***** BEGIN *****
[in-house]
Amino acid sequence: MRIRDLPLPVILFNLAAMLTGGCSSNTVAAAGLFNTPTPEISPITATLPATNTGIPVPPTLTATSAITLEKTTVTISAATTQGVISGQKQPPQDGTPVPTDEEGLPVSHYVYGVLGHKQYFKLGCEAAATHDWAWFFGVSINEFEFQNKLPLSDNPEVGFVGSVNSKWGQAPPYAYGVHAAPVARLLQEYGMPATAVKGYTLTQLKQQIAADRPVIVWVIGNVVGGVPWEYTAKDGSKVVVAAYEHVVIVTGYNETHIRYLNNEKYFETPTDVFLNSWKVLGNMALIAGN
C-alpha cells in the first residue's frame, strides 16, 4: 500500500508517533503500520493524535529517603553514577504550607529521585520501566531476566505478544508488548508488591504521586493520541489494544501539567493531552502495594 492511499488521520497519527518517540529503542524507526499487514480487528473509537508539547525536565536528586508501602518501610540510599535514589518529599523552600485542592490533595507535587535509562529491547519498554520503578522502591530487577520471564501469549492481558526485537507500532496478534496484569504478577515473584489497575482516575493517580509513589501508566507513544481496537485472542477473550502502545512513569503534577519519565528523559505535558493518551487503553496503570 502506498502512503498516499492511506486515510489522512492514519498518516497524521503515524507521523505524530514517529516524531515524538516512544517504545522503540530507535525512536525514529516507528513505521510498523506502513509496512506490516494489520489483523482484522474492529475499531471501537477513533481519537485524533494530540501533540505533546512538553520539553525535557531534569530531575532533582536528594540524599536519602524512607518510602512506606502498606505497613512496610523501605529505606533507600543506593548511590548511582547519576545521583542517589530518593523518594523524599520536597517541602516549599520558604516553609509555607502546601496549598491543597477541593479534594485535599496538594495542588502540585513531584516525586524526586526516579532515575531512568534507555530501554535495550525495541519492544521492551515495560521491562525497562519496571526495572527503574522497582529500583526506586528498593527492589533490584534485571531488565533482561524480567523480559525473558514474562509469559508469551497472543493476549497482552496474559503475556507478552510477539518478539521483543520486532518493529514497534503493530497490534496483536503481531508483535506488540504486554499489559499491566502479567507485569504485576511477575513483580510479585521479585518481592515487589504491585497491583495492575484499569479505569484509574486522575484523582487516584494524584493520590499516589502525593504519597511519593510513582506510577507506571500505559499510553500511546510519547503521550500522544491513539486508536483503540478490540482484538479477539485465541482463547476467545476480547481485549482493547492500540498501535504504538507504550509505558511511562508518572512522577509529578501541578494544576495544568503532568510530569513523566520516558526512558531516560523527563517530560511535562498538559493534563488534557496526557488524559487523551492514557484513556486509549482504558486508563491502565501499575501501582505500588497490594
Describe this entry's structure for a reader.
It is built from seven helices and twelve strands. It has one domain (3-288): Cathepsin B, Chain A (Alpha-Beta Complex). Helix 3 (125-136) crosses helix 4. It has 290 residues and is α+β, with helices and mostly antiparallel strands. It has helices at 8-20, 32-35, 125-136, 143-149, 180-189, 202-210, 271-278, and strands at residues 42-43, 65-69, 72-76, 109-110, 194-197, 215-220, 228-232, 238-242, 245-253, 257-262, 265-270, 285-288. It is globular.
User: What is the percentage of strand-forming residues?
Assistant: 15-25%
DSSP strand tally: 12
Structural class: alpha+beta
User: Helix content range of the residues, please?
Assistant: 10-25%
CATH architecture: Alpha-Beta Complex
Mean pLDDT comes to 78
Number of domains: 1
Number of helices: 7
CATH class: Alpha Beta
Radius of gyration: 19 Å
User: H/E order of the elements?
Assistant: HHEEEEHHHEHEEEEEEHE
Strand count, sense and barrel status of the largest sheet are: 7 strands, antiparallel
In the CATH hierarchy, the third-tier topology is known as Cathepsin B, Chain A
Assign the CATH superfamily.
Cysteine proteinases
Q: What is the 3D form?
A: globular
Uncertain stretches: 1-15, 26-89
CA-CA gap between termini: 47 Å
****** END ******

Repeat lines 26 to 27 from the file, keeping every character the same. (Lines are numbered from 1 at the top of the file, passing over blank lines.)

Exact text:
Uncertain stretches: 1-15, 26-89
CA-CA gap between termini: 47 Å